Just after 2 p.m., Teton County Sheriffs’ Office received a 911 call reporting the avalanche and injured skier. Shortly after, Teton Interagency Dispatch Center was notified and Grand Teton National Park rangers began coordination of the rescue operation with Teton County Search and Rescue personnel. Jackson Hole Ski Patrol initially responded to the scene, stabilized Epstein, and transported him 300 to 400 feet down to the bottom of the chutes. A Teton County Search and Rescue helicopter flew two park rangers to the area and Epstein was placed inside the ship with an attending park ranger to the base of Teton Village and a waiting ambulance.
Due to the proximity of Granite Canyon to Jackson Hole Mountain Resort, Jackson Hole ski patrollers are often the first rescuers to respond to winter emergencies within the canyon. Ski patrol reached Epstein about an hour after the incident. They subsequently delivered him to the responding park rangers and rescue helicopter at 4:20 p.m. Epstein was transferred to a Jackson Hole Fire/EMS ambulance and transported to St. John’s Medical Center in Jackson, Wyoming for further care.
This was the second backcountry ski run of the day for Epstein and his companions. All three are expert skiers with extensive knowledge of backcountry skiing and avalanche danger. The ski party was well equipped for their plan and they were carrying all the appropriate safety gear, including avalanche beacons and probes.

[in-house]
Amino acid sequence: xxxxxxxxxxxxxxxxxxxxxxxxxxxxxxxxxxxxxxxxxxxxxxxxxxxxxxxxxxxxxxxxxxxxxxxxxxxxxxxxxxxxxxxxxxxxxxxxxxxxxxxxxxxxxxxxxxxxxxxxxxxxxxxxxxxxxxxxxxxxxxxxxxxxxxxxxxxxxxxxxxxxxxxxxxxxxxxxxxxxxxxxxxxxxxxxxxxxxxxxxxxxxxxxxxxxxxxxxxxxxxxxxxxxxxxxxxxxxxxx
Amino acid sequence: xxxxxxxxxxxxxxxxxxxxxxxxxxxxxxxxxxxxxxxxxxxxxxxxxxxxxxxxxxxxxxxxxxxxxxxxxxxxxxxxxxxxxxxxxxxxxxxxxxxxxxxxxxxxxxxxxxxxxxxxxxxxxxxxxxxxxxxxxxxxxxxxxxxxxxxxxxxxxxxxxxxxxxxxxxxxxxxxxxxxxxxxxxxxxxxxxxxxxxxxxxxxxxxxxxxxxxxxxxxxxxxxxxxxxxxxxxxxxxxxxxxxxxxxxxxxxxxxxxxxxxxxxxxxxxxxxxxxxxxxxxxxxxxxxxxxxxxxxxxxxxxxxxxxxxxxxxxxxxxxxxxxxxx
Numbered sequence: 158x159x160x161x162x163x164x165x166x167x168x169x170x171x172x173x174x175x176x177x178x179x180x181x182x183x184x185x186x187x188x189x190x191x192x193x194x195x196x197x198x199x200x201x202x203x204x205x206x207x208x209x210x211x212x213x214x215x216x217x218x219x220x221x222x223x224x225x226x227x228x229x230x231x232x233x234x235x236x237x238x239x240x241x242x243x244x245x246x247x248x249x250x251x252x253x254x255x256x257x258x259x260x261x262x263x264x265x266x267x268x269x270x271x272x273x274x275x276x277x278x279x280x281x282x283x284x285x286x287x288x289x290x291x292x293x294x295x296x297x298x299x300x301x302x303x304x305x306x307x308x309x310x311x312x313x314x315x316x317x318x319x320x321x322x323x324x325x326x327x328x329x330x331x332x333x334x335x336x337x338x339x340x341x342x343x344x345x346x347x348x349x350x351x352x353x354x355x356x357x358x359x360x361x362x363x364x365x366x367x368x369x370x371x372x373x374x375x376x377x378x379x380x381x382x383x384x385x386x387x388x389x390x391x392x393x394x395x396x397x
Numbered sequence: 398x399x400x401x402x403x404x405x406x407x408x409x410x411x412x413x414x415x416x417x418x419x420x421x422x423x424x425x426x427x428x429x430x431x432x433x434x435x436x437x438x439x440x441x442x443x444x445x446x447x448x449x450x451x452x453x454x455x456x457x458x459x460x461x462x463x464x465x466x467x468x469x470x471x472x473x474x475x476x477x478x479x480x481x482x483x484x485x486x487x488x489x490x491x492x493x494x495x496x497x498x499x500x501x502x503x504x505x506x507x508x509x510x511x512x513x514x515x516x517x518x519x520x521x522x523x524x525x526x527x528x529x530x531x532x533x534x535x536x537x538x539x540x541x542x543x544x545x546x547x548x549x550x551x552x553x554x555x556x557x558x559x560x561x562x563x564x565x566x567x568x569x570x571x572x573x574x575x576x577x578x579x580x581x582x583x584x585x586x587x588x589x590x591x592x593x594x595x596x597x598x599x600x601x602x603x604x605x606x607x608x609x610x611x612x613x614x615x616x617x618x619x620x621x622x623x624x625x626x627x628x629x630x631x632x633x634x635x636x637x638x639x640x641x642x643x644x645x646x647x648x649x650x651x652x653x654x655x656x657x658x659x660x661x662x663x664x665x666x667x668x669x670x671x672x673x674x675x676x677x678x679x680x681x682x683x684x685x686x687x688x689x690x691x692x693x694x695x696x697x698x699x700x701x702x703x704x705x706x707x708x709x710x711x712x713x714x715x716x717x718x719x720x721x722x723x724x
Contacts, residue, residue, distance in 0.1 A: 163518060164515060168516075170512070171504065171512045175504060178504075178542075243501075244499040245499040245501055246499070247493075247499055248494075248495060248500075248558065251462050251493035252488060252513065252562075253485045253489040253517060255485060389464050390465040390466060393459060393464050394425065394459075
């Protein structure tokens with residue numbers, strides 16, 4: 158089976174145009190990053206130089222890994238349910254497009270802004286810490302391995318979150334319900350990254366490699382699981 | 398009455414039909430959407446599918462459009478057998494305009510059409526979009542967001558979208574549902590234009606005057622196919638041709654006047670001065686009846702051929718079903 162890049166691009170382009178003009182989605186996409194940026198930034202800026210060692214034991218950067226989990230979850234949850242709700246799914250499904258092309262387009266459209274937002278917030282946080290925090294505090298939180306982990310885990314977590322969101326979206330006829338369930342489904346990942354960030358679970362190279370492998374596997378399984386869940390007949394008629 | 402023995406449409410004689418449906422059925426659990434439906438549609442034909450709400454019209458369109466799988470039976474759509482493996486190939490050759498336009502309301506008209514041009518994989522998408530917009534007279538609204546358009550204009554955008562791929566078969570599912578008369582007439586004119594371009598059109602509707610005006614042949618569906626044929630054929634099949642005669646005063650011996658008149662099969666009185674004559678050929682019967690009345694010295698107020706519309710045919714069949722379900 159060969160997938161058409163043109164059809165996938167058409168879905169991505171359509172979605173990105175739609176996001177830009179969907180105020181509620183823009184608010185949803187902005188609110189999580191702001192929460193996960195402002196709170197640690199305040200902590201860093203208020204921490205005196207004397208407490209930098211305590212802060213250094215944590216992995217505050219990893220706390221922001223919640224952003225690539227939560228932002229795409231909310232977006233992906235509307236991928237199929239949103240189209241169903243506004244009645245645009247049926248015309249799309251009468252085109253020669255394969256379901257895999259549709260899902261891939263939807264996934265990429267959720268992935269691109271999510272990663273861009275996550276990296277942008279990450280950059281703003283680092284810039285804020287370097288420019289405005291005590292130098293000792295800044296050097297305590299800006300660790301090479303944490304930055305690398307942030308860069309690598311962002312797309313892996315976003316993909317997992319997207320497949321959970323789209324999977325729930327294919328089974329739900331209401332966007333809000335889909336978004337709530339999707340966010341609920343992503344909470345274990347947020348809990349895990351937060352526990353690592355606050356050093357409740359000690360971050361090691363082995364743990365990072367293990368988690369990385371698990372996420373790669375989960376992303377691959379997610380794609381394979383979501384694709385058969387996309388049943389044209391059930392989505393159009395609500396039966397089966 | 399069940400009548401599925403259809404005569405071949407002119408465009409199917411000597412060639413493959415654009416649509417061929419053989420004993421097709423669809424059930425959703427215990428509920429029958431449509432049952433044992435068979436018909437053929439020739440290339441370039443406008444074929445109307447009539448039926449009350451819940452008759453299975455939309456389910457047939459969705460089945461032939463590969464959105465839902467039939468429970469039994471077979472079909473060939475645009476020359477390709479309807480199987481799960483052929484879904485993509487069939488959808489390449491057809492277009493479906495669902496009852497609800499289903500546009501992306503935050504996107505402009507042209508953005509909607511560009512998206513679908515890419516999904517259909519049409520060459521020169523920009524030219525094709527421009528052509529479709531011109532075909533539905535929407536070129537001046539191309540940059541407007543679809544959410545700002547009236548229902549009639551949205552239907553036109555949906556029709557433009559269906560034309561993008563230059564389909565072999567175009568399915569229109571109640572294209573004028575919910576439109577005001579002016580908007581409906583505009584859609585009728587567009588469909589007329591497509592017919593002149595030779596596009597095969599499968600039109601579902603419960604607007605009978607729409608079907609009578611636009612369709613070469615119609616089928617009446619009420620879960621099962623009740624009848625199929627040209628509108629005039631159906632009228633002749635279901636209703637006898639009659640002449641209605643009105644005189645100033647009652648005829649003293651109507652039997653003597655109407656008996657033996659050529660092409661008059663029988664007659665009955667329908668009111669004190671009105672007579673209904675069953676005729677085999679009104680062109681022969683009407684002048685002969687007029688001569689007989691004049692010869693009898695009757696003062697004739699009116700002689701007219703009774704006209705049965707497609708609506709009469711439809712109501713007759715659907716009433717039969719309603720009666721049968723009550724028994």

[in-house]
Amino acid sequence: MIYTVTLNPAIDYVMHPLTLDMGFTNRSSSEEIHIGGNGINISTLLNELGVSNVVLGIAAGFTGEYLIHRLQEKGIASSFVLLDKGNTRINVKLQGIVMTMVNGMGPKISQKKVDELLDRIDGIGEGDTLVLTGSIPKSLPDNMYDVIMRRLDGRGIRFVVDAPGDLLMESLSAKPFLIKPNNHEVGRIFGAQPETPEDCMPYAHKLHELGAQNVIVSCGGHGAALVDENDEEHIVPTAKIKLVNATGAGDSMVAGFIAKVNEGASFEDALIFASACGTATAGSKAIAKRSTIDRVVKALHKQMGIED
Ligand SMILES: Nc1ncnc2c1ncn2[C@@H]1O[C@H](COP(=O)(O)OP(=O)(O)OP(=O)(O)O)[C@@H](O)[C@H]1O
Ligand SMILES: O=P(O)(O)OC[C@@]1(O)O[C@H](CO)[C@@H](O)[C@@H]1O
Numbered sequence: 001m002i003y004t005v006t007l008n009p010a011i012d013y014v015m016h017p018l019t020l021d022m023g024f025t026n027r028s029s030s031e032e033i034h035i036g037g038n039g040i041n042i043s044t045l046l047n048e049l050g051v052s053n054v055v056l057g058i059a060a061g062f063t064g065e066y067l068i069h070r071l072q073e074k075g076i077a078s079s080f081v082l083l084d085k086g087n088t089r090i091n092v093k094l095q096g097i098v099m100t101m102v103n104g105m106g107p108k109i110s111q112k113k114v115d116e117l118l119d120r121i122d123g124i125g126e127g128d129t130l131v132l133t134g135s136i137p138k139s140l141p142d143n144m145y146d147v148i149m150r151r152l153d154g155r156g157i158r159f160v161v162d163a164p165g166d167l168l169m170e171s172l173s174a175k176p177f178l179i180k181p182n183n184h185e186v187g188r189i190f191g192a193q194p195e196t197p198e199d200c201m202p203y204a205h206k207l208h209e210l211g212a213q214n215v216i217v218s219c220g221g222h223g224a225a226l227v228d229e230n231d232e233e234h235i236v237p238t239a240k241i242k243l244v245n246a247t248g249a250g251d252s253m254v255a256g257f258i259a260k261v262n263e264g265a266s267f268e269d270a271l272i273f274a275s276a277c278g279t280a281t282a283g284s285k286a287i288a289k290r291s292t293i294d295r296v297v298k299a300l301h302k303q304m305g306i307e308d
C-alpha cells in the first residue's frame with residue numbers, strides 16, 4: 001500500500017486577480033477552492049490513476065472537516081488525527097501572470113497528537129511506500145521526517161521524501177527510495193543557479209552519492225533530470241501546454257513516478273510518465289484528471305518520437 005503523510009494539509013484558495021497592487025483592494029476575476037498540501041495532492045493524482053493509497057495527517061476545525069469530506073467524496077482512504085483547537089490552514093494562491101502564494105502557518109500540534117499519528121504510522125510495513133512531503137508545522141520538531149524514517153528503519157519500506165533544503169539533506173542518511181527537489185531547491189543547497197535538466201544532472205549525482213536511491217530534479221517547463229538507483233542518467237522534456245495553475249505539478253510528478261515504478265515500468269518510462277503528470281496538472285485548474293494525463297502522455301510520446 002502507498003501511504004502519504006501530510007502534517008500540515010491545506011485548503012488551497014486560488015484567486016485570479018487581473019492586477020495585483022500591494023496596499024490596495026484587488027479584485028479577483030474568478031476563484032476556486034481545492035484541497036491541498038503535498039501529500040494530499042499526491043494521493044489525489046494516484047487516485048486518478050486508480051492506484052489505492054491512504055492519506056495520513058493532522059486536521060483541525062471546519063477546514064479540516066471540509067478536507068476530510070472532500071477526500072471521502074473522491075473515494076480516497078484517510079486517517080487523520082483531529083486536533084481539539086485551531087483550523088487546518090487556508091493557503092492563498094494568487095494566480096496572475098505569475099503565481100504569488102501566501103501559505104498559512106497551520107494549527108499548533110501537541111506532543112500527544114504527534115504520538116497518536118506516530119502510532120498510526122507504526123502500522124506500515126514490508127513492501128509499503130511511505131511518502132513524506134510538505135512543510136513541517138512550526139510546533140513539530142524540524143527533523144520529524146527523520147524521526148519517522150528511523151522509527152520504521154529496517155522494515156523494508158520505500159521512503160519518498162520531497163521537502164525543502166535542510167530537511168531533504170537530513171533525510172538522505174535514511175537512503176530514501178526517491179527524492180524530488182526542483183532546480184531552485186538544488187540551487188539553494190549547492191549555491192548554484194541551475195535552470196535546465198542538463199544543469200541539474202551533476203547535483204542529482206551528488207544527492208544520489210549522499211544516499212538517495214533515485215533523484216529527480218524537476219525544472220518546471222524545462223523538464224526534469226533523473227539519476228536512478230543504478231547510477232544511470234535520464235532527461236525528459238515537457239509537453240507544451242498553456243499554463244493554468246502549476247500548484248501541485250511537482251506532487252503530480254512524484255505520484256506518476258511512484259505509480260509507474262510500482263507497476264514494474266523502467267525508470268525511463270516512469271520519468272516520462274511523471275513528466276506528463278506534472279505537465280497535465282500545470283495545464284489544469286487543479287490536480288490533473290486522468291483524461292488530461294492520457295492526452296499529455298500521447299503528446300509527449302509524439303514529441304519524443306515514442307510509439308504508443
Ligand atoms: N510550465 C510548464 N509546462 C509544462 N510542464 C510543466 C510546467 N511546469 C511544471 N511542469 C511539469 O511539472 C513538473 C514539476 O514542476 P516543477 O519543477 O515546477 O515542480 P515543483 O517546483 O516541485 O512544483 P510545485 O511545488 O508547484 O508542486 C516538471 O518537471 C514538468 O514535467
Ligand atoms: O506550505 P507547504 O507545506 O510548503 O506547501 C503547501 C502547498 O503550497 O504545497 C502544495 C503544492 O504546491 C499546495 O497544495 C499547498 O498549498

The Air Force chutes are one of many popular backcountry ski areas accessible from Jackson Hole Mountain Resort. Rangers remind skiers and snowboarders who leave the resort boundary that neither their safety nor a rescue is guaranteed. Parties should be equipped with appropriate avalanche gear and know how to use it. Backcountry users should also carry extra food and water in the event they have to spend any unplanned nights the park’s remote terrain.
The Bridger-Teton Avalanche Center listed the avalanche danger on March 9 at mid and high elevations as moderate in the morning and considerable in the afternoon. A general avalanche advisory noted that “Skiers…who venture into steep avalanche terrain could trigger dense surface slabs and in isolated areas, very destructive deep hard slabs. These slabs could be triggered during the morning hours and will become more sensitive to human triggers as temperatures increase.”